The July 24 e-mail, which was sent by the deputy field-office director and labeled “confidential” and of “high” importance, contained detailed information gleaned from the Deportee Suitcase Solidarity March’s Facebook page. This information included the number of people who had signed up on Facebook to attend the event, a description of the event, and the name of event sponsors, like the Legal Aid Society and the New Sanctuary Coalition.

“This e-mail is to inform you of a planned protest at the ERO NYC Area,” the e-mail said, referring to the branch of ICE known as Enforcement and Removal Operations, or ERO. “The protest is being coordinated by approximately 40 different groups located throughout the NYC area.”

The news that ICE has paid close attention to “anti-Trump” protest activities in New York comes after immigrant rights groups filed a federal lawsuit against the agency in February 2018. In the lawsuit, the New Sanctuary Coalition and its executive director Ravi Ragbir, among other groups, allege that ICE is violating the First Amendment by targeting prominent immigrant rights activists for surveillance, arrest and deportation. The litigants believe that ICE has specifically pursued activists such as Ragbir, who hails from Trinidad and Tobago, for deportation in order to suppress their political activities. The case is awaiting a decision from the US Court of Appeals for the Second Circuit.

Alina Das, a professor at New York University Law School and an attorney for Ragbir and the New Sanctuary Coalition, says the fact that the agency sent out an “anti-Trump protest” spreadsheet is further evidence that “ICE is surveilling our communities based on not only the fact that they are speaking out, but who they are speaking out against.”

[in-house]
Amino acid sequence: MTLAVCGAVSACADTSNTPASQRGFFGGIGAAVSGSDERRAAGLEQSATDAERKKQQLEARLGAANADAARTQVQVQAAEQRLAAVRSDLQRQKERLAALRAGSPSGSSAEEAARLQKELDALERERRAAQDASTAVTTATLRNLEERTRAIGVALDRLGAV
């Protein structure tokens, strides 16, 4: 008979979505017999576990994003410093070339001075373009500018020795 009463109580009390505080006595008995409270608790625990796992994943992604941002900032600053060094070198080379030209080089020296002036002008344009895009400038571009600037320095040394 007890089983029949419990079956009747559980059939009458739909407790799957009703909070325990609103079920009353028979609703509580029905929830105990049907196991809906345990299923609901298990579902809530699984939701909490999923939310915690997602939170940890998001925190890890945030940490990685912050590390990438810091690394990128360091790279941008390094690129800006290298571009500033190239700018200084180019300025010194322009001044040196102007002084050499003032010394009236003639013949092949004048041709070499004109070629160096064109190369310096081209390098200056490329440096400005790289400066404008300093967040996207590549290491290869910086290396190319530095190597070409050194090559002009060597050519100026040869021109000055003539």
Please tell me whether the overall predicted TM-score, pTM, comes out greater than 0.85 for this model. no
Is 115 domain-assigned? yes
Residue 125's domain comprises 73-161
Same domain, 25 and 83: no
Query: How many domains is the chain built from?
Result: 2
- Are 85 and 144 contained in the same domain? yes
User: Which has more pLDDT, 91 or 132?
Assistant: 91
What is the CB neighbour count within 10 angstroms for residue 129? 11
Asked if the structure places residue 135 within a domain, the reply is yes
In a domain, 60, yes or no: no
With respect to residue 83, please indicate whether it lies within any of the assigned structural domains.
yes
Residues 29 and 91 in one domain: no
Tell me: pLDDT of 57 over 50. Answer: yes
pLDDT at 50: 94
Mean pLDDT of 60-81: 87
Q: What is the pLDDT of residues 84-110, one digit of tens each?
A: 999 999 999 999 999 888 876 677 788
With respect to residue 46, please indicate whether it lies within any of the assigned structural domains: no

“The fact that we have an agency as powerful as ICE targeting our communities because they have chosen to speak out against President Trump and his harsh immigration policies should disturb every American who believes this kind of dissent is critical for protecting our democracy,” she says.

Civil liberties experts, meanwhile, fear that ICE’s apparent monitoring of protest activities in New York could have a broader chilling effect on the freedom of speech and peaceable assembly.

“The document reveals government surveillance of what appears to be peaceful protest, and that kind of surveillance threatens to chill protected First Amendment activity,” says Caroline DeCell, a staff attorney at Columbia University’s Knight First Amendment Institute. “Especially absent some kind of evidence of an actual threat to peace, there seems to be no justification for this kind of surveillance.”

For their part, ICE officials told The Nation that their agency “fully respects the rights of all people to voice their opinion without interference.”Note: Readers interested in exploring the ICE documents obtained by The Nation can find the July 31, 2018, e-mail containing the “anti-Trump” protest spreadsheet here; the Ash Wednesday email exchange here; and the July 24, 2018, e-mail about the Deportee Suitcase Solidarity March here.e.